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The Oxford Dictionary of Rhyming Slang Hardcover – 30 Sep 2002

4.5 out of 5 stars 13 customer reviews

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Product details

  • Hardcover: 288 pages
  • Publisher: Oxford University Press; First Edition edition (30 Sept. 2002)
  • Language: English
  • ISBN-10: 0192801228
  • ISBN-13: 978-0192801227
  • Product Dimensions: 18.5 x 3 x 13.5 cm
  • Average Customer Review: 4.5 out of 5 stars  See all reviews (13 customer reviews)
  • Amazon Bestsellers Rank: 820,577 in Books (See Top 100 in Books)
  • See Complete Table of Contents

Product Description

Amazon Review

Any "twist and twirl" or "heap of coke" who assumes that rhyming slang is an obscure and exclusive Cockney province can think again. You would hardly "Adam and Eve" some of the more recent coinages in The Oxford Dictionary of Rhyming Slang coming as they do from all walks of life and all over the world.

The first reference to rhyming slang was in John Camden Hotten's The Slang Dictionary (1859) and it probably originated as an underworld code before developing into a form of word play that people found fun. They still do. Alongside the old favourites such as "dicky dirt" for shirt and "whistle and flute" for suit are plenty of Tony Blairs (flairs) Claire Rayners (trainers) Britney Spears (beers) and Steffi Graf (laugh). Language is in a continuous state of change and Ayto gives us some delightful obsolete expressions such as "apple pips" for lips or "bowl the hoop" for soup alongside some tasty current ones such as Duchess of York (pork) and Schindler's List (pissed).

Ayto gets really entertaining though when he when he gets into the euphemistic territory of body parts and functions. If you call someone a "berk" or "burk" and think that's quite mild just remember it derives from a rhyme with Berkley or Berkshire hunt. Whores have variously been called "boat and oar", "bolt the door" (graphically reduced to "old bolts"), "Doug McClure", "Roger Moore", "sloop of war" and "two by four". And ask yourself what "raspberry ripple" and "Christmas crackers" might rhyme with.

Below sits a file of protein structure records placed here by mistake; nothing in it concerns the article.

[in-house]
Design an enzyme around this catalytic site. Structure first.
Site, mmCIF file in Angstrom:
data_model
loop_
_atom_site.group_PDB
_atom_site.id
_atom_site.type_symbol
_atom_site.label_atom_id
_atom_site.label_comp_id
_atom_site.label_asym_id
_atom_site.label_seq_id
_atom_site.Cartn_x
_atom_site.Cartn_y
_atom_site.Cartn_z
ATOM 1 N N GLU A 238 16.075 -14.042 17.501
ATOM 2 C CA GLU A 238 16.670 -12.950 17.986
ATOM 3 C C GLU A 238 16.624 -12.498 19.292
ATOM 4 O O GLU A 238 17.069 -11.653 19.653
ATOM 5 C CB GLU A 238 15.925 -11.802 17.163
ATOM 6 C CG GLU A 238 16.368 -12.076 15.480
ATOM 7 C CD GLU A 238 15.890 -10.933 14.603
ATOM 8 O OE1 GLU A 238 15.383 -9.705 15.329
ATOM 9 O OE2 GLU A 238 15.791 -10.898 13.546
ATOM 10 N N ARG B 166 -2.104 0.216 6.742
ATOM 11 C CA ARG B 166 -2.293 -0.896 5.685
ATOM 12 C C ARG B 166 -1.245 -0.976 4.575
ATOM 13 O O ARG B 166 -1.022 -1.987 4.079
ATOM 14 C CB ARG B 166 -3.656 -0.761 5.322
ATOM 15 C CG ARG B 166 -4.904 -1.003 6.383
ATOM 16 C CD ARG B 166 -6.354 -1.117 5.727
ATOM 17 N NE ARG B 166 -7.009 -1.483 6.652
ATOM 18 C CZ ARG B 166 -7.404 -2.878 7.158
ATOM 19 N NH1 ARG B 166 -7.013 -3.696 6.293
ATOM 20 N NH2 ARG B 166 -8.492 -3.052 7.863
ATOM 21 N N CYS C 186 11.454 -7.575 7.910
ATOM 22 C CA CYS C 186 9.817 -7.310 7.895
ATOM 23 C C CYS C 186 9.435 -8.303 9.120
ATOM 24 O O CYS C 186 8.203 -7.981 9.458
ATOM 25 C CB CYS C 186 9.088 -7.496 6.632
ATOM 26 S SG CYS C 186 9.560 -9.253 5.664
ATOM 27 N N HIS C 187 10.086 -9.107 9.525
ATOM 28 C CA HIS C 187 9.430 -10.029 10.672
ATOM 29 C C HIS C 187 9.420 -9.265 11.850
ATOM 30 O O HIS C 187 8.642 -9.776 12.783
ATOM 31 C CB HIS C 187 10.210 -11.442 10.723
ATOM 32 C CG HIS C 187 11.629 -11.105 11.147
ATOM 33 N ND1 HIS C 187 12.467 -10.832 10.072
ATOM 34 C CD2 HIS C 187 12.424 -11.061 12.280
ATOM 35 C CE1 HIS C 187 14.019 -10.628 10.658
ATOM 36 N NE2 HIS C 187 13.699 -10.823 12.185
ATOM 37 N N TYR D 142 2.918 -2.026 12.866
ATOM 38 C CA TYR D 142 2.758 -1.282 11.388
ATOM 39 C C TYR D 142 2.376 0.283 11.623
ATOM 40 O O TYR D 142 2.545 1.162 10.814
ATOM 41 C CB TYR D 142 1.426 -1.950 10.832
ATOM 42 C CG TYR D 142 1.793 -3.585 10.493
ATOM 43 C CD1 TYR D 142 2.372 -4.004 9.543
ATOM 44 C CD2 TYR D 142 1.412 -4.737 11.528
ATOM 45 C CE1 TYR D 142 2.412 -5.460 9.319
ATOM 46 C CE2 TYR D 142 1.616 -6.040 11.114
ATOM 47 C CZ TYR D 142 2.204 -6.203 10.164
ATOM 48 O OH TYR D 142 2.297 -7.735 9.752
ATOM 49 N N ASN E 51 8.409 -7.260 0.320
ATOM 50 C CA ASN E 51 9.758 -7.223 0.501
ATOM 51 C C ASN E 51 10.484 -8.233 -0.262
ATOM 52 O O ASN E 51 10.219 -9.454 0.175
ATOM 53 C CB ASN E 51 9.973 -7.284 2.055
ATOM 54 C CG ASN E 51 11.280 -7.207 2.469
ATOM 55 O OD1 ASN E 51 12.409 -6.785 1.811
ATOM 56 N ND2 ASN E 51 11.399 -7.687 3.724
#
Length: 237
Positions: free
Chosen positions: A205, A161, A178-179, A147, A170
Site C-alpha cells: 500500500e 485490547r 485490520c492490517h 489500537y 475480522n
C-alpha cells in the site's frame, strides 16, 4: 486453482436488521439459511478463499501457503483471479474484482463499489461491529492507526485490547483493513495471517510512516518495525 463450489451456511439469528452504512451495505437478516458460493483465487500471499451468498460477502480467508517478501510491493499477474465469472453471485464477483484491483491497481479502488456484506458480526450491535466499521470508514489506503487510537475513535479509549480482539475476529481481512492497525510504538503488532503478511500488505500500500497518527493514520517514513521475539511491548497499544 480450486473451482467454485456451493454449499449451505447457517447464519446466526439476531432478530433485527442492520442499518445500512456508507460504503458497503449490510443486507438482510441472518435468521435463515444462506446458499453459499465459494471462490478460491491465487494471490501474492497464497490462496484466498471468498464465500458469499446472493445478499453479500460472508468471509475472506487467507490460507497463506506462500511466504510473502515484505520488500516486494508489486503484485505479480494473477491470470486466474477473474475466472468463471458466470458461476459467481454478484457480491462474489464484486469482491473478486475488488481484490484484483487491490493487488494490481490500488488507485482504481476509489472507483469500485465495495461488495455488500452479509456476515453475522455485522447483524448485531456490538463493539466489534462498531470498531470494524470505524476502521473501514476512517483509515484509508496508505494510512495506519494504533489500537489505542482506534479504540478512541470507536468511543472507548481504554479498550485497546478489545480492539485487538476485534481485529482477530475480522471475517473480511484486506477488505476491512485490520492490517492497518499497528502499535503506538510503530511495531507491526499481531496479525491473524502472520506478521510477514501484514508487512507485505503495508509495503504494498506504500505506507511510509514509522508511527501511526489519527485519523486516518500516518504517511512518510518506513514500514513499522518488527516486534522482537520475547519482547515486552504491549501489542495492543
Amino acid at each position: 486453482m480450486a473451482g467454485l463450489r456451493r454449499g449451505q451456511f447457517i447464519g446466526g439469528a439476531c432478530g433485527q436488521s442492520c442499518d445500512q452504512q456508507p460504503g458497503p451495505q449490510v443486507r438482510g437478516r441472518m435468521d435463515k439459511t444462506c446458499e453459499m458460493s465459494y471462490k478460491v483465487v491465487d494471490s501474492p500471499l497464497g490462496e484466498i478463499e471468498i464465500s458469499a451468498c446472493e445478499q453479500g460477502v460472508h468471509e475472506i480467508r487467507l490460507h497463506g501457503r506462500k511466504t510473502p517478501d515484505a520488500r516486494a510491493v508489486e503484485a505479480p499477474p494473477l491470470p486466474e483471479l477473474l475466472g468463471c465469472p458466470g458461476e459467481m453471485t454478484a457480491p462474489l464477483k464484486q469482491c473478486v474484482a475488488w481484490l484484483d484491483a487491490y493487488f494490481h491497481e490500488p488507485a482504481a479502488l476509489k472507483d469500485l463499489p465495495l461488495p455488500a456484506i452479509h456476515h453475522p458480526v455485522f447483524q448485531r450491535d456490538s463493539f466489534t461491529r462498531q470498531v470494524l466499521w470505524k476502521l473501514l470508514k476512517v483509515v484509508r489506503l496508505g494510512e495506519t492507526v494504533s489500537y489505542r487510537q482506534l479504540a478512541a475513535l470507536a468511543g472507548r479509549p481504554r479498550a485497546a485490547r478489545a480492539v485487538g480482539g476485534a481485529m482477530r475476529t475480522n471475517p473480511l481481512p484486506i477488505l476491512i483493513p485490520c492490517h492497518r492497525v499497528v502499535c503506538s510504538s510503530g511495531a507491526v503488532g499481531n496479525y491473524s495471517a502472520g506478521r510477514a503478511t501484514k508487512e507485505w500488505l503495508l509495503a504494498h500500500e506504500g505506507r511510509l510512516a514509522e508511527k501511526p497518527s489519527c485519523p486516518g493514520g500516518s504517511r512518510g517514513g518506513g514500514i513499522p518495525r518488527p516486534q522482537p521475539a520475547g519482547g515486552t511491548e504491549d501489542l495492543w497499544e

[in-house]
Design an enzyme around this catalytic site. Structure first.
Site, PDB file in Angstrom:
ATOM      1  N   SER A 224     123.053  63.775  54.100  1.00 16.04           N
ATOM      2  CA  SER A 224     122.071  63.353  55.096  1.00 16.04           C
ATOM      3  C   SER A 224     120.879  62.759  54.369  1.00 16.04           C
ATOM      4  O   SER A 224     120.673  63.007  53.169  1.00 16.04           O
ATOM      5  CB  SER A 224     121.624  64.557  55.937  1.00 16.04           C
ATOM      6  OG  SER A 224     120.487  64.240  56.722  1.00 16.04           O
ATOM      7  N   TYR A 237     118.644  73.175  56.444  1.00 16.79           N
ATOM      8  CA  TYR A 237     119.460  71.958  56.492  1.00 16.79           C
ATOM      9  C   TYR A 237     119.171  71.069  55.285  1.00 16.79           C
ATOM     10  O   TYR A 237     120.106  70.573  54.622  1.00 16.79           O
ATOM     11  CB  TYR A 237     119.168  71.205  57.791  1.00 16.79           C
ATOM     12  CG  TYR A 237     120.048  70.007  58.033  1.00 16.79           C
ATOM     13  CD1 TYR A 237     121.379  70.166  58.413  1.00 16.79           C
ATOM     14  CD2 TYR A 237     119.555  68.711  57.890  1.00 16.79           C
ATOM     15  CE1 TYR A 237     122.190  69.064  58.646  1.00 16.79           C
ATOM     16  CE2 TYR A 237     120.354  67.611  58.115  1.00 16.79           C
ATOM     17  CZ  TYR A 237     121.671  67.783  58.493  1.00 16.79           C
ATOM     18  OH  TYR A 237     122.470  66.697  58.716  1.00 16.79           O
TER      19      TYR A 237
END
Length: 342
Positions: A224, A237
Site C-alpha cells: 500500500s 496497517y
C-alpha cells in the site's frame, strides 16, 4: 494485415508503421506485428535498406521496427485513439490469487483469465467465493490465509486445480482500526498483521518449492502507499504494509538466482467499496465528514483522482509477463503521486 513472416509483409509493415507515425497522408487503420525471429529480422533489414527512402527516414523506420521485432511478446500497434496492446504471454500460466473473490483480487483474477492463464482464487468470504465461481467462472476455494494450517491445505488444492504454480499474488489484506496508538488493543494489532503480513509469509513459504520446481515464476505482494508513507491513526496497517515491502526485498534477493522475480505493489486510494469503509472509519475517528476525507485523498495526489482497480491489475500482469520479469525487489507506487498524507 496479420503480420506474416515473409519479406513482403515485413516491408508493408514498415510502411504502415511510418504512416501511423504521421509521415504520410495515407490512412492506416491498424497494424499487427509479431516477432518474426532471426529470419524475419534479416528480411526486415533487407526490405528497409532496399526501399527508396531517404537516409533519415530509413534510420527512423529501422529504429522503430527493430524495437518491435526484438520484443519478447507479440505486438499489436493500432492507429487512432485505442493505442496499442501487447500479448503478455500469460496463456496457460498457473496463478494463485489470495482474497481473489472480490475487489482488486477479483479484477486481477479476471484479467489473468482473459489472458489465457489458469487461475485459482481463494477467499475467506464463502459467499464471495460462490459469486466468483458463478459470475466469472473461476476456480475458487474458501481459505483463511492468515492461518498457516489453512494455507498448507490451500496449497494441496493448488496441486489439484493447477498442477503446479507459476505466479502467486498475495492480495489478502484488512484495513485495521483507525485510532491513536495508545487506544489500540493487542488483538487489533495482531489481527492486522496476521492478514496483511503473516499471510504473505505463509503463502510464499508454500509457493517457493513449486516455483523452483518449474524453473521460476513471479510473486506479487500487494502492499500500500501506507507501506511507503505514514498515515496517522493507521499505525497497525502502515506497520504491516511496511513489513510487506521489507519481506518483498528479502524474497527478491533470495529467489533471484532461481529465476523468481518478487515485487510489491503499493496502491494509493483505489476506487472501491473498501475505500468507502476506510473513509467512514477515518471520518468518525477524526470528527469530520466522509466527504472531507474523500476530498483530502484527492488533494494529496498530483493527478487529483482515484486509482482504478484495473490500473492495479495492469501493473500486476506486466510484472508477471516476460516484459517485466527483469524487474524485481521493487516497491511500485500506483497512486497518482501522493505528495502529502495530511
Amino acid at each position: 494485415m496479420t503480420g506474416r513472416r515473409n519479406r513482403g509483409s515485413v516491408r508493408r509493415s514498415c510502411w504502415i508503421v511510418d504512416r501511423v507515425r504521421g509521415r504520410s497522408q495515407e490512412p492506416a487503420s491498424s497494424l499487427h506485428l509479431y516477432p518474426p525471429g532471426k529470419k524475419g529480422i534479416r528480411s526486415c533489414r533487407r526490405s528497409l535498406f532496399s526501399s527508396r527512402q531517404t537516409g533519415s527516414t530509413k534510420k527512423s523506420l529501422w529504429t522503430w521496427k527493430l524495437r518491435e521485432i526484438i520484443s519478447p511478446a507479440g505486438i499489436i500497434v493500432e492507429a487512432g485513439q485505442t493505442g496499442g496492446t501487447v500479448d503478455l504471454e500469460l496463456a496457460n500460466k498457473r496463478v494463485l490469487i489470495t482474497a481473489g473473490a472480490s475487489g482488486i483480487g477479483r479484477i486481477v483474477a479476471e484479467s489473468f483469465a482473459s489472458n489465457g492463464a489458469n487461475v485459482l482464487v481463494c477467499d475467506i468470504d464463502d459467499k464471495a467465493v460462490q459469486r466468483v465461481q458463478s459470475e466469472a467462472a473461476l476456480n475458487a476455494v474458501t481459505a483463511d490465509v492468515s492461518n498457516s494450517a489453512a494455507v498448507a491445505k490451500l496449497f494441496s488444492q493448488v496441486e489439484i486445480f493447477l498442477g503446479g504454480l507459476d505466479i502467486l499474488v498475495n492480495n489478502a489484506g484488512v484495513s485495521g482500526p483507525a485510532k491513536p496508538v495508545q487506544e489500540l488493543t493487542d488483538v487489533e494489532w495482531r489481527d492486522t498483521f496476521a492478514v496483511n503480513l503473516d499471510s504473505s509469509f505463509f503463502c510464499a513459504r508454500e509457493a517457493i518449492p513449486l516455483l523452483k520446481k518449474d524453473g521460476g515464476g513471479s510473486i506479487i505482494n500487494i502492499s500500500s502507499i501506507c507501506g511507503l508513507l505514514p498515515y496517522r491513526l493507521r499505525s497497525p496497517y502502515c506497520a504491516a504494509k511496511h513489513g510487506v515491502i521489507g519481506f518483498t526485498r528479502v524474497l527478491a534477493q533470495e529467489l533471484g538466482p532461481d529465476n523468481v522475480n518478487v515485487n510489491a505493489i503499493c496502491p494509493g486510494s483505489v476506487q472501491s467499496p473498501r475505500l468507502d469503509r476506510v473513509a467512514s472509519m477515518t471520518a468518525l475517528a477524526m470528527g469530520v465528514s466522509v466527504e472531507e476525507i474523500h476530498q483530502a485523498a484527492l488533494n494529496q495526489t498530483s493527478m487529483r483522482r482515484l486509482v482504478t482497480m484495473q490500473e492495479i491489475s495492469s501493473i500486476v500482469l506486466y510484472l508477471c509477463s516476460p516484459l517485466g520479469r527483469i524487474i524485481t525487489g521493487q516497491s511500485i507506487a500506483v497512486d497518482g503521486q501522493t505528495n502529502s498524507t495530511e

For word lovers the thematic sections of The Oxford Dictionary of Rhyming Slang is an enlightening browse with lots of historical titbits. --Susan Elkin

Review

Review from previous edition An exemplary piece of editing . . . Ayto's book is the best and most entertaining so far (The Spectator)

Covers virtually every aspect of the human condition (Evening Standard) --This text refers to the Paperback edition.

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Customer Reviews

4.5 out of 5 stars
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Top Customer Reviews

Format: Paperback
Have you have ever heard Del Boy in Only Fools and Horses saying things like "Currant Bun", and wondered what he means? He is using a language called rhyming slang, where rhyming other words makes the intended word.
Whether you're a complete beginner, or a real life Del Boy that wants to know where the rhymes originated from, this book is for you. The book is split into 27 categories like illness, animals, sport, and then into the appropriate sub-sections to make it even easier to find the rhyme you want. When you find the word you want to say as a rhyme, you can also find out when it was first said, and any other ways of saying it. There is also a handy index of the rhymes, so you can find out what a specific rhyme means, if you have heard it from something like Only Fools and Horses.